Given that our family lives with a septic system, I have become very careful about what we use around the house for cleaning and what might end up down our drains.
My current love is vinegar. I have two particular faves,
White vinegar and apple cider vinegar. I also love Tee Tree Oil, Lavender Oil and Diatomaceous earth
Vinegar and several other easily found common items can do many things for our households.
Dandruff: Apple Cider vinegar rinse. Take 1/4 cup or so and rub it into your hair after you wash it, let it sit a minute and let it soak in, then rinse. It will make your hair shiny, get rid of the shampoo and the smell dissipates very quickly. Some like to take equal amounts and pour into hair, and then allow to dry. The vinegar might sting, especially if you have been scratching, but it also means it is working.
Laundry Aid: White vinegar works wonderfully as a laundry rinse and helps make your clothes smell wonderful. Been using vinegar in my laundry for years.
Cleaner: White vinegar is an excellent cleaner for most things
Deodorizer: A little red wine vinegar in a dish placed in a smoky room does wonders overnight to absorb the smell.
After washing your dog, spray your pet with a mixture of 1 cup of white vinegar and 1 gallon of water. Don't rinse it off, just let him air dry. Fleas hate the smell of vinegar, so it will be easier to comb out and remove dead fleas. As an added bonus, it will give your dog's coat a nice healthy sheen. You can also add 1 tbsp. of apple cider vinegar to your dog's drinking water to help prevent and kill future fleas.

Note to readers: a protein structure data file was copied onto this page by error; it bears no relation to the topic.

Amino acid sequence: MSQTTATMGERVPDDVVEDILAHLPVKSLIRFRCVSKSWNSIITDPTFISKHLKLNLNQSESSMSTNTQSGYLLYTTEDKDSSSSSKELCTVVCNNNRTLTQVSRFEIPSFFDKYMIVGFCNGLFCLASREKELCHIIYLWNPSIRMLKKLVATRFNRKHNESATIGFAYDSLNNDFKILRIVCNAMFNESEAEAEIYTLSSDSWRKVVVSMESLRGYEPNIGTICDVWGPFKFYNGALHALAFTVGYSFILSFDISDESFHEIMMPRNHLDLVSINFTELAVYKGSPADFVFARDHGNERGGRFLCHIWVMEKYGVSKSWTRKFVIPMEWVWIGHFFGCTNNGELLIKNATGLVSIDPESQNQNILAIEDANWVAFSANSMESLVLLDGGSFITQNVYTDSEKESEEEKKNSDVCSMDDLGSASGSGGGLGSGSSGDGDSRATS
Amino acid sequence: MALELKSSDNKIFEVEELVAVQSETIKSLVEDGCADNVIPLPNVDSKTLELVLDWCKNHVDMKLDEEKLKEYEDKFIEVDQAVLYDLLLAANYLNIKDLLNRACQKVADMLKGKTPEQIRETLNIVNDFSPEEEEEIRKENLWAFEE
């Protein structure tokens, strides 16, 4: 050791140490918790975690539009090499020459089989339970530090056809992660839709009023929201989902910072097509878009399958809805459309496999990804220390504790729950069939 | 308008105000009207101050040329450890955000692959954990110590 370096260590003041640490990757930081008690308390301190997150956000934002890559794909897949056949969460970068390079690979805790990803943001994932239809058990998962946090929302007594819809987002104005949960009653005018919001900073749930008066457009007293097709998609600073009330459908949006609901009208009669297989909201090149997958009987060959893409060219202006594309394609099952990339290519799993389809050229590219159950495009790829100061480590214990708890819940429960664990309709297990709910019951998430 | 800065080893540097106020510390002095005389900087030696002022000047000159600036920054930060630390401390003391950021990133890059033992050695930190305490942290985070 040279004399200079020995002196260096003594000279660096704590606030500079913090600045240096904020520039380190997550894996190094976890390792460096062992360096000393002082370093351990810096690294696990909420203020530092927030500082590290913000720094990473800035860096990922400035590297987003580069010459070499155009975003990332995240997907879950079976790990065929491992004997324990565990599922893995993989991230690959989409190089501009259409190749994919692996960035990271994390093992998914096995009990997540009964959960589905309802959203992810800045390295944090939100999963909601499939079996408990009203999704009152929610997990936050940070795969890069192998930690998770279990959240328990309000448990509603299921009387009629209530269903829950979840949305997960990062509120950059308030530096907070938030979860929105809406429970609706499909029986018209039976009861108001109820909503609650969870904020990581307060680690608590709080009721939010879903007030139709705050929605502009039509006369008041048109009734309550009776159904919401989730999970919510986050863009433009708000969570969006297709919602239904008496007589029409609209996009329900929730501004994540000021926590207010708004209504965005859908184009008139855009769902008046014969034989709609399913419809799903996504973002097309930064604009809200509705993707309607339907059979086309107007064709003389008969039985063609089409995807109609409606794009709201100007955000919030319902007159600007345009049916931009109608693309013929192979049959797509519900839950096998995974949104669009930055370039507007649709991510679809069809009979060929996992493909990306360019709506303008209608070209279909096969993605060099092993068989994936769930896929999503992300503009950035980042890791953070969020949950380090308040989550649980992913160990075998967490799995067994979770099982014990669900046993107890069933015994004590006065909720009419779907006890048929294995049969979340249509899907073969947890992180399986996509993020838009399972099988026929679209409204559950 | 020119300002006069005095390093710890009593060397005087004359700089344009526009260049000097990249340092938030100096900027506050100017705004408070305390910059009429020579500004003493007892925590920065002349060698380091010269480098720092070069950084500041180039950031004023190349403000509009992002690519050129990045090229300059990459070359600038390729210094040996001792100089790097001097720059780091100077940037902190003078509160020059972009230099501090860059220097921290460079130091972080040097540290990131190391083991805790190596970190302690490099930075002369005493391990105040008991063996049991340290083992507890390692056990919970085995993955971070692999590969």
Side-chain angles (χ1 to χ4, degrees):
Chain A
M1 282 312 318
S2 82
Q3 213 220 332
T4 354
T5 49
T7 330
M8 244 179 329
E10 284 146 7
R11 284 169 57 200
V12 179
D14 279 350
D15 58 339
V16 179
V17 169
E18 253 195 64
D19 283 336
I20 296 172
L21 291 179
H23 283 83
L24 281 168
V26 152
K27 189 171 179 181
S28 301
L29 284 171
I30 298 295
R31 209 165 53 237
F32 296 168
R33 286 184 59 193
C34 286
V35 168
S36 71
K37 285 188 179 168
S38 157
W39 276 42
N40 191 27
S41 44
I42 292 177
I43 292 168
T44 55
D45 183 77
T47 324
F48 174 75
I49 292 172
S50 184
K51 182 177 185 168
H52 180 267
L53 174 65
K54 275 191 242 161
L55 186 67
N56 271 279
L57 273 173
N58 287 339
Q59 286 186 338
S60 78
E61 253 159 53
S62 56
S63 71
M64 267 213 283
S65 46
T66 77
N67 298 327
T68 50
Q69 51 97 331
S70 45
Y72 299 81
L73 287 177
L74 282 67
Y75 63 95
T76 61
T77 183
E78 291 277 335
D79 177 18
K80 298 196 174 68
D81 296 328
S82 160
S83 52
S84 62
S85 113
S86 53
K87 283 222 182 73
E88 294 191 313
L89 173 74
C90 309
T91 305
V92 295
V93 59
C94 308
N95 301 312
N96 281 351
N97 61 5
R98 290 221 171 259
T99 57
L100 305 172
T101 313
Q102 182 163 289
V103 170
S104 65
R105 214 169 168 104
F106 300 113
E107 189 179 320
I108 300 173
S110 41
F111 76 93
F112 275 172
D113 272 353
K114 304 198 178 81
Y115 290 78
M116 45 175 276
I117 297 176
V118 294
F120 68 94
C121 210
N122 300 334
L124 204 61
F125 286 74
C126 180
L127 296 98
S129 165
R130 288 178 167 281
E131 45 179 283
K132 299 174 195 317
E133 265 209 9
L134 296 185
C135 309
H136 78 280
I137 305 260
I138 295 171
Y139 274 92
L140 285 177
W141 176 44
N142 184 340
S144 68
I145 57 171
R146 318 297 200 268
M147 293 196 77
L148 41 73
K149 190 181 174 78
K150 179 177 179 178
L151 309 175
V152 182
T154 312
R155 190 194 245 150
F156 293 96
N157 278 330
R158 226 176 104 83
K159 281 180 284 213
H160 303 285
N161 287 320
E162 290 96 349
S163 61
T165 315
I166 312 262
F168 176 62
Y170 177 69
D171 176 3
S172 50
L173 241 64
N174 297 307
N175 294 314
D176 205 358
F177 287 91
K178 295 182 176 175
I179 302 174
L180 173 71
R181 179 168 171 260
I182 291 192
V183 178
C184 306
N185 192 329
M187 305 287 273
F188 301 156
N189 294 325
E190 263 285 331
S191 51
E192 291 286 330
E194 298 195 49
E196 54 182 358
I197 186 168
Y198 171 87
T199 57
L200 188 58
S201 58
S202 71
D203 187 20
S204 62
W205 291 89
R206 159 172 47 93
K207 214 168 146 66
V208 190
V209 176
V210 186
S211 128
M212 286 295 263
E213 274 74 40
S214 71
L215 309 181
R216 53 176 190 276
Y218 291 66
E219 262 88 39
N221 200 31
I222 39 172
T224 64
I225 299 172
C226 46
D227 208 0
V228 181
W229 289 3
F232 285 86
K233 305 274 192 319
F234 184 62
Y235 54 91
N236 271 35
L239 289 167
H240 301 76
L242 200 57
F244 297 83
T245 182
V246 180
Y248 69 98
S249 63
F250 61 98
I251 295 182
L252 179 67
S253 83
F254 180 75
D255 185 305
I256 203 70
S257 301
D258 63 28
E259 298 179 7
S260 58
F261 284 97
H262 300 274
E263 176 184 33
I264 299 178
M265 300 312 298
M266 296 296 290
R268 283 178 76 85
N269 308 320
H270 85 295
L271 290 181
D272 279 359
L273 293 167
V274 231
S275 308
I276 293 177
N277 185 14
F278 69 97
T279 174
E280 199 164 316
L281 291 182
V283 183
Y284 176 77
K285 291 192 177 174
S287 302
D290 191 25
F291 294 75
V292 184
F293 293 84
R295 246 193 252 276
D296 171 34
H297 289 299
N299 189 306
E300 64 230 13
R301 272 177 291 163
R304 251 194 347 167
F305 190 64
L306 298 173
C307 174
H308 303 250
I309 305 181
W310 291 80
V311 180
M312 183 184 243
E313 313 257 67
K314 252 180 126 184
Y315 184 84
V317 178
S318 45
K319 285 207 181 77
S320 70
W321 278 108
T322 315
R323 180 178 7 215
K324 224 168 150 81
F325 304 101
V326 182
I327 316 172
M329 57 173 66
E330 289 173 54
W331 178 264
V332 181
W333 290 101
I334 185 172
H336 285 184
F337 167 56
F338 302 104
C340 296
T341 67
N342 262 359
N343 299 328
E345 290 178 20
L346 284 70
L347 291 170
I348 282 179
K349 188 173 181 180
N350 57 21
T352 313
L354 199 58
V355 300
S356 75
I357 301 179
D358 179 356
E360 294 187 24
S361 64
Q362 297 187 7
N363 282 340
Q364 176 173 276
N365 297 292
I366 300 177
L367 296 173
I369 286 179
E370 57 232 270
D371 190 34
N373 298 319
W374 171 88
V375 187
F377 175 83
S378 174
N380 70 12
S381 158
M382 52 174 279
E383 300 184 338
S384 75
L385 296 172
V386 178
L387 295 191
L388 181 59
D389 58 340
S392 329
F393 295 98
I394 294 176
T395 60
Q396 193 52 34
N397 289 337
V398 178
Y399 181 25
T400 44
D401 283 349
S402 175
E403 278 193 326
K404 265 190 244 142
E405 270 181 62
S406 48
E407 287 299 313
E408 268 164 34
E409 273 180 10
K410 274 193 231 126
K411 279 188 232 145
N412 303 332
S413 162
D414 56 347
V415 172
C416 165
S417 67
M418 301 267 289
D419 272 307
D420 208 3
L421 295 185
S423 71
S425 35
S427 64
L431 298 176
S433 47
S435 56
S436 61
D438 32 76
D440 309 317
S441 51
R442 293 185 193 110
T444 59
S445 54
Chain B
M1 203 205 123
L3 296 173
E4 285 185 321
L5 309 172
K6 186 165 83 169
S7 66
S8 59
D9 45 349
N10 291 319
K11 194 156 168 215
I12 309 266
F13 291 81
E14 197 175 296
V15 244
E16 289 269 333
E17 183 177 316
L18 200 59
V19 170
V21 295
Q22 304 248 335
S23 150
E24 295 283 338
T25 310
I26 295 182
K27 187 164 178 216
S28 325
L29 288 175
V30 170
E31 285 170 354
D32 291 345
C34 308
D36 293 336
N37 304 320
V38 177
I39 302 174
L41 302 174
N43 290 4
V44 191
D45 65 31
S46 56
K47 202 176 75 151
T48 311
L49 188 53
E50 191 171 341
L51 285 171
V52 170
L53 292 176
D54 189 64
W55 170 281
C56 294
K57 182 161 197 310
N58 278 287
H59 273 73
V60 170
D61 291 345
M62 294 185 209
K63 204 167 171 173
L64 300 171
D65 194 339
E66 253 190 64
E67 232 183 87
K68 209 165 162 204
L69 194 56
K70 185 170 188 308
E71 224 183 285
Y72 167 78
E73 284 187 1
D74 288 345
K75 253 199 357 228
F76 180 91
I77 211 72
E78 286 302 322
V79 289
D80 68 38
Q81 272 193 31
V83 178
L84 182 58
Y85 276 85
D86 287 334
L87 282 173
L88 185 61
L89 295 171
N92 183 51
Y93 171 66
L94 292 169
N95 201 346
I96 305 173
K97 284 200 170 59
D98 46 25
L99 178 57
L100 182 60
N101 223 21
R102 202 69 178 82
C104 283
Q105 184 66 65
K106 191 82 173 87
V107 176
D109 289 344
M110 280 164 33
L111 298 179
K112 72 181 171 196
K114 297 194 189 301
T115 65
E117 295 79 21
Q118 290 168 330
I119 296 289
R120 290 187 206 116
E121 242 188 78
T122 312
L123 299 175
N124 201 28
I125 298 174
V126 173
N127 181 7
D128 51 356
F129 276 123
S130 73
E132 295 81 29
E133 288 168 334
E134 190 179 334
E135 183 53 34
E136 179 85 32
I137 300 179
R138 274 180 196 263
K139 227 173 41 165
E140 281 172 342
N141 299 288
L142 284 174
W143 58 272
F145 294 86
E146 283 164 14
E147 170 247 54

I also like Tee Tree Oil: To soothe hot spots, mix one part melaleuca oil aka Tee Tree Oil and one part water. Put the solution in a spray bottle, and use it whenever your dog is biting or scratching. You can also apply a natural menthol liniment such as Absorbine Jr. a few times a day until the area dries up. Lavender oil is also soothing.
Fleas and bedding:
Diatomaceous earth - This is basically a non-chemical kind of soil designed to kill insects. It doesn't have any chemicals - it relies on tiny, sharp edges on the dirt that do damage to the exoskeleton of a flea or other pests. The fleas will then die of dehydration - they essentially leak water, and they can't replace it fast enough. It's a non-chemical means of flea control, but it can be rather messy to use. It's made mainly of fossils from water plants, so there isn't much risk in using it. It might not mesh well with your current soil though, and you should be careful if you have plants or gardens that it might affect negatively.
However, one of the good things about it is that it's safe to use around your pet's bedding or other areas - you'll have to clean it up later, but it can be much better than setting off a flea bomb or a flea bath. Unfortunately, there's not much this will do about flea eggs, which could remain dormant for awhile.
Got your own home remedy? Please share!